No, I’m not reporting on a spill from a manure lagoon. A young college professor has found a way to make asphalt adhesive from pig waste. It’s not only a greener blacktop, not only less expensive than petroleum adhesives, but at low temperatures (pothole weather) it’s actually more durable.
As a graduate student at the University of Illinois, Ellie Fini looked for more sustainable ways to improve the sealant used to repair cracks in the roadway. She has continued that research since joining the faculty at North Carolina A&T University in Greensboro in 2008.
Asphalt comprises 95% crushed rock and 5% petroleum-based adhesive. Petroleum refiners can make more money from synthetic fuels than from asphalt adhesive, so they limit how much adhesive they make.
To be more sustainable, alternatives to petroleum cannot use raw materials that can be used as food. It also cannot use materials that require a lot of water. Fini began looking at pig waste in 2009 and discovered that it produces an excellent adhesive.
Here are just some of the benefits of hog waste for this application:
- It has high water content and no nutritional value for humans.
- It is an abundant, infinitely renewable resource. In limited quantities it is a great fertilizer, but the hogs produce much more than can be safely applied to cropland.
- Therefore, disposal is a huge problem for farmers. Common practice is to push it into lagoons, which occasionally spill their contents.
- Farmers are happy to have someone collect it. No money need change hands in the process.
- Once Fini’s process removes the carbon from it the leftovers (nitrogen potassium, and phosphorus) still make great fertilizer.
Bioadhesive Alliance and PiGrid
Along with a faculty colleague and a student who plans to continue graduate studies at NCA&T, Fini has formed a company, managed by the university’s Office of Technology Transfer, called Bioadhesive Alliance. The company’s product is called PiGrid (pronounced pie-grid, which sort of rhymes with hybrid).
So far, Fini can only make 250 mg at a time, but already she’s receiving calls both from farmers who want to unload their manure and from asphalt producers and road builders who want to be first in line to receive product once the manufacturing is scaled up. She hopes to have a 75-gallon reactor up and running by summer 2014.
PiGrid is glue, and Bioadhesive Alliance is considering licensing manufacturing to other adhesive companies somewhere down the line. Bioadhesive Alliance should eventually be able to make 88 million gallons of adhesive per year, enough to supply 40% of the American demand for asphalt. Licensees will be able to make even more.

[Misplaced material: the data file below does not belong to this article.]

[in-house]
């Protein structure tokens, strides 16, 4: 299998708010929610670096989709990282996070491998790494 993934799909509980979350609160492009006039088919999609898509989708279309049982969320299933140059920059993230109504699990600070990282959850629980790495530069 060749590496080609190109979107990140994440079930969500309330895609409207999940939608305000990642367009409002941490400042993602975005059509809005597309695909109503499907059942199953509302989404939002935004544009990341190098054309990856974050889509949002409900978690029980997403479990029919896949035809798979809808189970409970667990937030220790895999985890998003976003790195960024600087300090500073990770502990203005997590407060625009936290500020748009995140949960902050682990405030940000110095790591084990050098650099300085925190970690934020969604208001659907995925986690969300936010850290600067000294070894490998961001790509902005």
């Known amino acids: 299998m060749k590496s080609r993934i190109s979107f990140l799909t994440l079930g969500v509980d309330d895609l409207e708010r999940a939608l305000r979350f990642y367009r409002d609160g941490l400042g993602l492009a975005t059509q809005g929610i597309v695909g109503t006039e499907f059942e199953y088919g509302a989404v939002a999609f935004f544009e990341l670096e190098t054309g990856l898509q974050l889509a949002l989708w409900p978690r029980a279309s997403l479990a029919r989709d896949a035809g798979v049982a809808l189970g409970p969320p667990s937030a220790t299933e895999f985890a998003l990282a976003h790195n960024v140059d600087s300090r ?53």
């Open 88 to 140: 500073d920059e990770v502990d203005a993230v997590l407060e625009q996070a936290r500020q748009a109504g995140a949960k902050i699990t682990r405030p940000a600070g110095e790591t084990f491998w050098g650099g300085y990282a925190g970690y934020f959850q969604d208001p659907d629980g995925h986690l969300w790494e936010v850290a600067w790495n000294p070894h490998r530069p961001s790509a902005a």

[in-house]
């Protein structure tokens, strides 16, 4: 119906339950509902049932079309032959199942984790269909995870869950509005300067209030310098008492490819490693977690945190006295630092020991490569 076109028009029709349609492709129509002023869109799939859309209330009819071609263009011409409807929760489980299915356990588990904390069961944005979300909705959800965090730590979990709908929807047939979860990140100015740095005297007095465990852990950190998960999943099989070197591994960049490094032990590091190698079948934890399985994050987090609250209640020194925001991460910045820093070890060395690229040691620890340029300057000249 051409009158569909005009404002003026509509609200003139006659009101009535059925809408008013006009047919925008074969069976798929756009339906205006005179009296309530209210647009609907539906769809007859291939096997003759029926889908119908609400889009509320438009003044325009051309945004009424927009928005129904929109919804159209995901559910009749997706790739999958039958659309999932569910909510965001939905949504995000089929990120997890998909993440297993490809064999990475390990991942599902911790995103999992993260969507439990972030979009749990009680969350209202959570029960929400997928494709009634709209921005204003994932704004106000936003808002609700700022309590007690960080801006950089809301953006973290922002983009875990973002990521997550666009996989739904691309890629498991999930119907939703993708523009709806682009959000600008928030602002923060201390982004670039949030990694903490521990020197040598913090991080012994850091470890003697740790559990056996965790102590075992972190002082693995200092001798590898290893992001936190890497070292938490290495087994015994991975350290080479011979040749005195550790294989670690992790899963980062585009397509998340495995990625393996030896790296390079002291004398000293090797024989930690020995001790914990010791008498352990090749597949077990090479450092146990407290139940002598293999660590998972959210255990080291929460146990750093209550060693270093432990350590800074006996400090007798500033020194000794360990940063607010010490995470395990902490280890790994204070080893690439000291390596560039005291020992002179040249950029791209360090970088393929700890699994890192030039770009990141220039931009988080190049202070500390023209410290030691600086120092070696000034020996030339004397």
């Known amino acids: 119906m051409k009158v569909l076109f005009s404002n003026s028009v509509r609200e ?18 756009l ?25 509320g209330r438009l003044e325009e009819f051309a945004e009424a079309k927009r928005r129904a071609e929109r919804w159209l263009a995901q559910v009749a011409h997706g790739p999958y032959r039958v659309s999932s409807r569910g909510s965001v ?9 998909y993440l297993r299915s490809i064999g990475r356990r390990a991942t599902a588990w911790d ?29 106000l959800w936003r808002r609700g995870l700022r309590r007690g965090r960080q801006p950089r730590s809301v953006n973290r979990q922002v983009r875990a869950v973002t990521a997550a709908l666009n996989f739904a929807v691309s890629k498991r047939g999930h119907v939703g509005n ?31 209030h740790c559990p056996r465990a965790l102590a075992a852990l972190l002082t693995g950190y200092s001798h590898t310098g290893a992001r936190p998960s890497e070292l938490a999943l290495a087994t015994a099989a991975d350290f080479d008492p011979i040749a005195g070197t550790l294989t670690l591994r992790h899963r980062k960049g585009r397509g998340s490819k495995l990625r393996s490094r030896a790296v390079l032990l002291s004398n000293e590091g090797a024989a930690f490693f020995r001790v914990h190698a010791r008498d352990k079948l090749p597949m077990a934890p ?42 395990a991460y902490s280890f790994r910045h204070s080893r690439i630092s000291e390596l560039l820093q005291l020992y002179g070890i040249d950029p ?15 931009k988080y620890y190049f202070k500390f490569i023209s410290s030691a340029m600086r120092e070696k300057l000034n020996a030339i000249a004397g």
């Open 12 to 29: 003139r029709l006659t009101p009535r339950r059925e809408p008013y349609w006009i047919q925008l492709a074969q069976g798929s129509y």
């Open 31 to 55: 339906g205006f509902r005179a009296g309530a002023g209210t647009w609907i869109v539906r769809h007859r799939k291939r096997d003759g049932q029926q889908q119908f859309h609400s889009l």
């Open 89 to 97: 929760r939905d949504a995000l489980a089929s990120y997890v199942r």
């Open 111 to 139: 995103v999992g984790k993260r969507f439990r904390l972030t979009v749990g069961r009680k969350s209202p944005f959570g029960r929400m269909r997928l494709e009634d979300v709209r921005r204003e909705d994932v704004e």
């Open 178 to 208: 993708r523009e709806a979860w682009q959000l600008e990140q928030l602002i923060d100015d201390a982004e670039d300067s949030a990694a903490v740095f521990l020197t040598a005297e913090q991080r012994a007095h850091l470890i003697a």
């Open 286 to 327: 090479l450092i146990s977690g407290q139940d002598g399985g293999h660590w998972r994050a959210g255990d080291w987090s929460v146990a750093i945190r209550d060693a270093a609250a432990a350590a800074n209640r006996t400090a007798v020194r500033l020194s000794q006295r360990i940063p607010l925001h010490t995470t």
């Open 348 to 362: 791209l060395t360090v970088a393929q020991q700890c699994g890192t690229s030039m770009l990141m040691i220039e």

Currently, petroleum refiners charge $2 a gallon for asphalt adhesive. Bioadhesive Alliance expects to sell it for 50¢ a gallon. Demand for asphalt is worldwide, so the potential both for profits and reduced need for petroleum is huge.
If it turns out that asphalt adhesive can absorb only half of the manure pigs produce, there will still be no need for farmers to pile the rest in lagoons. Numerous pilot waste to energy projects are already underway. I earlier wrote about one that turns hog waste into electricity. That one would be even better for the environment if it captured and used the methane.
Meanwhile, Ellie Fini has not morphed into some kind of corporate tycoon. She is still actively engaged in engineering research. What uses will she find for chicken droppings?
Since I live in Greensboro, this article is based on notes I took on two articles last spring in the local paper. I have a hard time finding anything in particular on its website, but here is an informative video I found while searching in vain for the articles on Google.
Pig farmer scooping manure.Some rights reserved by Wisconsin Department of Natural Resources.
Pigs rest in hoop house. Some rights reserved by friendsoffamilyfarmers. Photographer’s caption: Deep bedded hoop houses provide pigs the opportunity to exhibit natural behaviors and interact with other pigs. Straw is used for bedding, which provides nice bedding and serves to reduce odors and eliminate a need for manure pits or manure lagoons.